Journals Library

An error occurred retrieving content to display, please try again.

Page not found (404)

Sorry - the page you requested could not be found.

Please choose a page from the navigation or try a website search above to find the information you need.



This study aimed to assess (1) the effectiveness and cost-effectiveness of Football Fans in Training (FFIT) (a group-based, weight-management and healthy-living programme delivered by community coaches to men in topflight football clubs), (2) fidelity of delivery and (3) coach and participant experiences of FFIT. FFIT was popular and participation led to significant reductions in weight at 12 months. Analyses suggest it enabled lifestyle change. It was cost-effective, attracted men at high risk of future ill health and was enjoyable. Further research should investigate whether or not participants retained weight loss in the long term, how the programme could be optimised in relation to effectiveness and intensity of delivery and how group-based programmes may operate to enhance weight loss in comparison with individualised approaches.

{{author}}{{author}}{{($index < metadata.AuthorsAndEtalArray.length-1) ? ',' : '.'}}

Sally Wyke,1,* Kate Hunt,2 Cindy M Gray,1 Elisabeth Fenwick,3 Christopher Bunn,1 Peter T Donnan,4 Petra Rauchhaus,4 Nanette Mutrie,5 Annie S Anderson,6 Nicole Boyer,3 Adrian Brady,7 Eleanor Grieve,3 Alan White,8 Catherine Ferrell,2 Elaine Hindle,2 Shaun Treweek,9 

1 Institute of Health and Wellbeing, University of Glasgow, Glasgow, UK
2 Medical Research Council/Chief Scientist Office Social and Public Health Sciences Unit, University of Glasgow, Glasgow, UK
3 Health Economics and Health Technology Assessment, Institute of Health and Wellbeing, University of Glasgow, Glasgow, UK
4 Division of Population Health Sciences, University of Dundee, Dundee, UK
5 Moray House School of Education, University of Edinburgh, Edinburgh, UK
6 Centre for Public Health Nutrition Research, University of Dundee, Dundee, UK
7 Cardiology Department, Glasgow Royal Infirmary, Glasgow, UK
8 Centre for Men’s Health, Leeds Metropolitan University, Leeds, UK
9 Health Services Research Unit, University of Aberdeen, Aberdeen, UK
* Corresponding author ; Email:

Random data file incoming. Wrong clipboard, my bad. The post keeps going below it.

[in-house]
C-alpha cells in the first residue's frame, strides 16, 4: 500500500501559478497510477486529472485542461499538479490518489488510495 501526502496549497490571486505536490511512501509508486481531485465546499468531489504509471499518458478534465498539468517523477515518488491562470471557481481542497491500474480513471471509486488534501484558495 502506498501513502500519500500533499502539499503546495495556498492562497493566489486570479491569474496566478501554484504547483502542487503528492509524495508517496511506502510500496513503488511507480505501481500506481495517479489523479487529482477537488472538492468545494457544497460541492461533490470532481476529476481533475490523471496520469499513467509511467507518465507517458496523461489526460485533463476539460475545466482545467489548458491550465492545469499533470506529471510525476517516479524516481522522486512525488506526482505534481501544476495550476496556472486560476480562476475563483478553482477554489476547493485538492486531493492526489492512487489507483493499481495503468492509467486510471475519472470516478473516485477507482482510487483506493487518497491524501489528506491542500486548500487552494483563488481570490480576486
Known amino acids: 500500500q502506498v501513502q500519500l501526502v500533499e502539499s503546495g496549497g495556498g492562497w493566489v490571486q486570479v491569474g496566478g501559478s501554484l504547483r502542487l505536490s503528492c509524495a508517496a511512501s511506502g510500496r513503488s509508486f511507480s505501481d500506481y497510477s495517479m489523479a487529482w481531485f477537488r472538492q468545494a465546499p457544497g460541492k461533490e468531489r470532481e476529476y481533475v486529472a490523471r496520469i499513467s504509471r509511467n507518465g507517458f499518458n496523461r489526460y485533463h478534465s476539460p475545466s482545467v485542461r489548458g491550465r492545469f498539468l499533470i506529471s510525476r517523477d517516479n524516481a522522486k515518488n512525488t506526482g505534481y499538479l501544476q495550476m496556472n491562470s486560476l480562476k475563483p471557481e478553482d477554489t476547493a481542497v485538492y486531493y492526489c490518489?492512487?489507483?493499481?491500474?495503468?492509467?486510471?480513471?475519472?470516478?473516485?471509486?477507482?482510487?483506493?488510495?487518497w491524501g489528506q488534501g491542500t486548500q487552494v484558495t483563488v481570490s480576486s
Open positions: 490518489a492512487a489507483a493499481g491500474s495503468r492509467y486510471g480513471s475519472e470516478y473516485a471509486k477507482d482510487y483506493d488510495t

{{metadata.Journal}} Volume: {{metadata.Volume}}, Issue:{{metadata.Issue}}, Published in {{metadata.PublicationDate | date:'MMMM yyyy'}}{{metadata.DOI}}

Citation: {{author}}{{ (($index < metadata.AuthorsArray.length-1) && ($index <=6)) ? ', ' : '' }}{{(metadata.AuthorsArray.length <= 6) ? '.' : '' }} {{(metadata.AuthorsArray.length > 6) ? 'et al.' : ''}} {{metadata.Title}}. {{metadata.JournalShortName}} {{metadata.PublicationDate | date:'yyyy'}};{{metadata.Volume}}({{metadata.Issue}})

You might also be interested in:

Report Content

The full text of this issue is available as a PDF document from the Toolkit section on this page.

The full text of this issue is available as a PDF document from the Toolkit section on this page.

If you would like to receive a notification when this project publishes in the NIHR Journals Library, please submit your email address below.

An error has occurred in processing the XML document


Responses to this report


No responses have been published.

If you would like to submit a response to this publication, please do so using the form below.

Comments submitted to the NIHR Journals Library are electronic letters to the editor. They enable our readers to debate issues raised in research reports published in the Journals Library. We aim to post within 2 working days all responses that contribute substantially to the topic investigated, as determined by the Editors.

Your name and affiliations will be published with your comment.

Once published, you will not have the right to remove or edit your response. The Editors may add, remove, or edit comments at their absolute discretion.

By submitting your response, you are stating that you agree to the terms & conditions